Monthly Strategy Review: Braver Capital January 2019 Update

  • Market Analysis: S&P Gains 8.0% Despite Government Shutdown

  • Investment Strategy Review: No Changes to Dividend Income, Tactical Balanced


    Market Analysis: S&P Gains 8.0% Despite Government Shutdown

    Proving yet again that you can’t invest on headlines, the S&P 500 index gained 8.0% in January—the best first month of a year for the large-cap index since 1987—despite a record-long partial U.S. government shutdown and decelerating global growth. Over the past 13 months, (covering 2018’s loss and January’s gain), the S&P 500 is up 3.3% when you include dividends.

    Foreign markets also gained in January, as improved sentiment on trade spread overseas. The MSCI China Index gained 11.3% and the MSCI Emerging Markets Index returned 8.8% for the month. Even a failed Brexit agreement in the U.K. didn’t put investors off. The MSCI EAFE Index, a broad measure of developed stock markets outside of the U.S., advanced 6.6% in January.

    Bonds started the year on a positive note as well. Yields mostly fell as the Federal Reserve signaled it was not planning to hike the fed funds rate in the near-term. The Bloomberg Barclays U.S. Treasury Index returned 0.5% in January, while the broader Bloomberg Barclays U.S. Aggregate Bond Index rose 1.1%.

    High-yield corporate bonds did even better, benefitting from Wall Street’s risk-on view and flows back into the asset class. The Bloomberg Barclays U.S. Corporate High Yield Index returned 4.5% for the month.

    Investment Strategy Review: No Changes to Dividend Income, Tactical Balanced

    There were no changes to the Dividend Income strategy in January. The portfolio’s current dividend yield is approximately 2.7% compared to 2.2% for the S&P 500 index. Based on our bottom-up stock selection, the portfolio remains overweight companies in the technology, financials, industrials and consumer staples sectors. We are monitoring this quarter’s earnings reports for any potential opportunities.

    After the strong January stock market rally, our Global Tactical Balanced strategy reduced its bond holdings and added to international and U.S. equities. We bought S&P 500 and convertibles ETFs, as well as ETFs targeting the consumer staples, consumer discretionary and telecom sectors. We also purchased emerging market bonds and a Russia equity ETF. Following these trades, half of the portfolio is in bonds, 45% is in U.S. equities and 5% is in international stocks.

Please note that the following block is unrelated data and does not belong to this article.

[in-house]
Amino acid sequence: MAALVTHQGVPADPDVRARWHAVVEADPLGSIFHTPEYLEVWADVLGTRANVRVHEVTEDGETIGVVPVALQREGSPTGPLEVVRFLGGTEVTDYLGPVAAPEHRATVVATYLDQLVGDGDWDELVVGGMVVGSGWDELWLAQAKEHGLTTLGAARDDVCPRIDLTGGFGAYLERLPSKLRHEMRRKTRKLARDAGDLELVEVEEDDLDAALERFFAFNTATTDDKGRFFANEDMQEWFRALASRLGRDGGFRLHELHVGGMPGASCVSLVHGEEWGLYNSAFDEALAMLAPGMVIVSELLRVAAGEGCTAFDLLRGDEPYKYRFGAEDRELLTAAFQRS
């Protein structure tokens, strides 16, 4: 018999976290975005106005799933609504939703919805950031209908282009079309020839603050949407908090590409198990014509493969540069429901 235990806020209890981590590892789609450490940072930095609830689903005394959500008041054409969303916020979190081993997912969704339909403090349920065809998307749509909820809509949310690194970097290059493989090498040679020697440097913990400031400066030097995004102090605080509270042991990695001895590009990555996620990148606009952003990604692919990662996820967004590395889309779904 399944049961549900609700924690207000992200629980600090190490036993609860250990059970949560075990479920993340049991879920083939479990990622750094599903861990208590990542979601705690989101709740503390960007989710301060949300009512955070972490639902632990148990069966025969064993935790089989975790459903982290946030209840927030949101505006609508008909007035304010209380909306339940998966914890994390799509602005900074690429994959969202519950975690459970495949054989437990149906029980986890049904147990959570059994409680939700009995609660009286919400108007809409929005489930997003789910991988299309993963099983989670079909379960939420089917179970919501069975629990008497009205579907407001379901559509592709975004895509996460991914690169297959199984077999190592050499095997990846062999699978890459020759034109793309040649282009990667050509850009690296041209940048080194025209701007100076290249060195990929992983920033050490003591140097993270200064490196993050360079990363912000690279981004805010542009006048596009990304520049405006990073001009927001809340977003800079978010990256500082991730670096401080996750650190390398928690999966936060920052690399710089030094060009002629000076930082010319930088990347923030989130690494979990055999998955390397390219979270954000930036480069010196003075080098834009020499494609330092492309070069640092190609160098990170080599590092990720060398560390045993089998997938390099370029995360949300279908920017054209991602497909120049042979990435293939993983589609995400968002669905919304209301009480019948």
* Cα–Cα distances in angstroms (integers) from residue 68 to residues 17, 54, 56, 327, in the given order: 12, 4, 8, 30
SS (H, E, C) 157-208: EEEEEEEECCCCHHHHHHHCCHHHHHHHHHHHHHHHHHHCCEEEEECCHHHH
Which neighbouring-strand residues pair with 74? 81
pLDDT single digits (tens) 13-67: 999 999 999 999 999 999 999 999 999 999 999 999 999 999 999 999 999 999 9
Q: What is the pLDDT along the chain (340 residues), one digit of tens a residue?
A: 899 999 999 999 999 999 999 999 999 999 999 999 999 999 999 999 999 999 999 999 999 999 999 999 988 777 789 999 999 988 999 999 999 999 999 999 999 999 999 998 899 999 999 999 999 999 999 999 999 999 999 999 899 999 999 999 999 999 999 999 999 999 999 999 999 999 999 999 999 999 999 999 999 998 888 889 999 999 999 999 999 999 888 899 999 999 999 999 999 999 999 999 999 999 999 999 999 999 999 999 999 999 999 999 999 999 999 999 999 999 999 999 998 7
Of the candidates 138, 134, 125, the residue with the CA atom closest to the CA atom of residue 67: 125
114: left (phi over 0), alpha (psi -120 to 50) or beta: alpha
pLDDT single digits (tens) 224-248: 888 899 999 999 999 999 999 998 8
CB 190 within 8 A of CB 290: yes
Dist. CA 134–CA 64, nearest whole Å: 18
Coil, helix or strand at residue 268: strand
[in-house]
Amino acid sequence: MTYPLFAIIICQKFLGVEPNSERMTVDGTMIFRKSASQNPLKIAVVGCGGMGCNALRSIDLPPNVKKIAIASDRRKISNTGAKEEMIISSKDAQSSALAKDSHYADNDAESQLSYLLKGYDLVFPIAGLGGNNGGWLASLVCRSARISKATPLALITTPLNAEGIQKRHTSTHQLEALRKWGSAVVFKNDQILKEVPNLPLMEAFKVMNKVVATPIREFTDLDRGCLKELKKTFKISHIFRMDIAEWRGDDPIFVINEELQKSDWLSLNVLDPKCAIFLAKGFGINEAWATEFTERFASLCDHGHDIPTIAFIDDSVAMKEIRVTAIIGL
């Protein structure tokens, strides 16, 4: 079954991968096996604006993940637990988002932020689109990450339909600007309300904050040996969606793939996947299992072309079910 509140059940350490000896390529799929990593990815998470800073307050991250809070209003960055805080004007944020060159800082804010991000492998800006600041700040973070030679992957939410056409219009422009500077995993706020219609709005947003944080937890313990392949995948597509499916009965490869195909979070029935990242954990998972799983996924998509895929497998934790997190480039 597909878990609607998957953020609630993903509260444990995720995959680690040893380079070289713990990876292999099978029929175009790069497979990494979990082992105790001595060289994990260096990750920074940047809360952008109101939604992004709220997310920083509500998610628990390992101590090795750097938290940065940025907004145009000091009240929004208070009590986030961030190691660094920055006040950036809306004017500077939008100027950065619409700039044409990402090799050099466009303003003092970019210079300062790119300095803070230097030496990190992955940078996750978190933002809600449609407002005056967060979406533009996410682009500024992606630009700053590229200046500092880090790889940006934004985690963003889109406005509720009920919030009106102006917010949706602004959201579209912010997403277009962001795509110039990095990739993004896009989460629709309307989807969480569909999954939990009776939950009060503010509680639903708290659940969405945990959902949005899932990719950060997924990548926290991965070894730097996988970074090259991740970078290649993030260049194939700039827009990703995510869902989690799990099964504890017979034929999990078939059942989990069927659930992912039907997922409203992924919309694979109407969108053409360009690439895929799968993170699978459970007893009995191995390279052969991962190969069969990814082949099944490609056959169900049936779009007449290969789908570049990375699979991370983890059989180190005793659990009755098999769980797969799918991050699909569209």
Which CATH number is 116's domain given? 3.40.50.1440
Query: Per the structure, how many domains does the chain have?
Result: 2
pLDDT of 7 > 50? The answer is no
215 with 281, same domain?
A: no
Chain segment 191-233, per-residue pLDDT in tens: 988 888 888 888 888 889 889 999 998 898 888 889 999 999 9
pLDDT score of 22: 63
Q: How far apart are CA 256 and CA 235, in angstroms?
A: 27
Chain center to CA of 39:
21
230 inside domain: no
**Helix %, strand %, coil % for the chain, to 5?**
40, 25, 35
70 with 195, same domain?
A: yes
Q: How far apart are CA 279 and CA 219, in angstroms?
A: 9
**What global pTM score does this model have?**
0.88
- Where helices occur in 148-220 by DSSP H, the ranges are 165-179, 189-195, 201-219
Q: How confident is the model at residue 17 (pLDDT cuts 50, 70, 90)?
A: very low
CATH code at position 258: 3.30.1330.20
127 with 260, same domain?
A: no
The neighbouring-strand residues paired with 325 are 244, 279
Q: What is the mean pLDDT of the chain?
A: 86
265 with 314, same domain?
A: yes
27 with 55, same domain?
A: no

The Tactical Balanced strategy made no changes in January—half of the portfolio was in cash with the other half divided between an S&P 500 ETF and a broad investment-grade bond ETF. At the start of February, we shifted the portfolio to a more defensive posture when the month-end model, which measures trends over a longer time period than the daily ones, signaled to sell the remaining equities to buy more bonds. The portfolio is now split between U.S. bonds and cash. While equities are still in a negative long-term trend (despite January’s rebound), it is possible that a diversified set of daily models could signal a more aggressive stance for the portfolio if the rally continues.

    Our Tactical High Income portfolio was fully invested for the month. The strategy rebounded strongly in January as credit spreads tightened and investors returned to the high-yield space. High-yield bonds delivered their best month since October 2011.

    Tactical Opportunity’s quantitative models triggered several trades in January, significantly adding risk to the portfolio. We bought health care and financial sector ETFs as well as various value-stock ETFs. We also added to a position in an S&P 500 ETF. Investors in this strategy were 100% invested in equities at the end of the month.

    Market trends in January prompted only one trade in Tactical Sector Rotation—weakness in pharmaceuticals signaled a sale; it was replaced by a biotechnology ETF. While our other tactical strategies have the potential to reduce risk by trading to cash or bonds, Tactical Sector Rotation is always fully invested in the eight stock sectors or industries that show the strongest relative performance. The portfolio currently includes defensive sectors, such as consumer discretionary and health care, along with holdings in consumer staples, financials, real estate, telecom and utilities.

All Braver strategies carry a risk of loss. Markets can gain or lose value in dramatic fashion over the span of a single day, month or more. Braver strategies—nor the models that guide the strategies—cannot guarantee the avoidance of market losses, or that the strategies will participate in all market recoveries or gains. Yield figures provided on certain portfolios do not represent portfolio performance, and therefore should not be interpreted as such or used to estimate or infer portfolio performance.

This material is distributed for informational purposes only. The investment ideas and expressions of opinion may contain certain forward-looking statements and should not be viewed as recommendations or personal investment advice, or considered an offer to buy or sell specific securities. References to current sector positioning are for informational purposes only and are not to be construed as statements of the current, past or future profitably of the particular positioning. Data and statistics contained herein are obtained from what we believe to be reliable sources; however, their accuracy, completeness, or reliability cannot be guaranteed.

© 2019 Braver Capital Management, an Adviser Investments, LLC company. All Rights Reserved.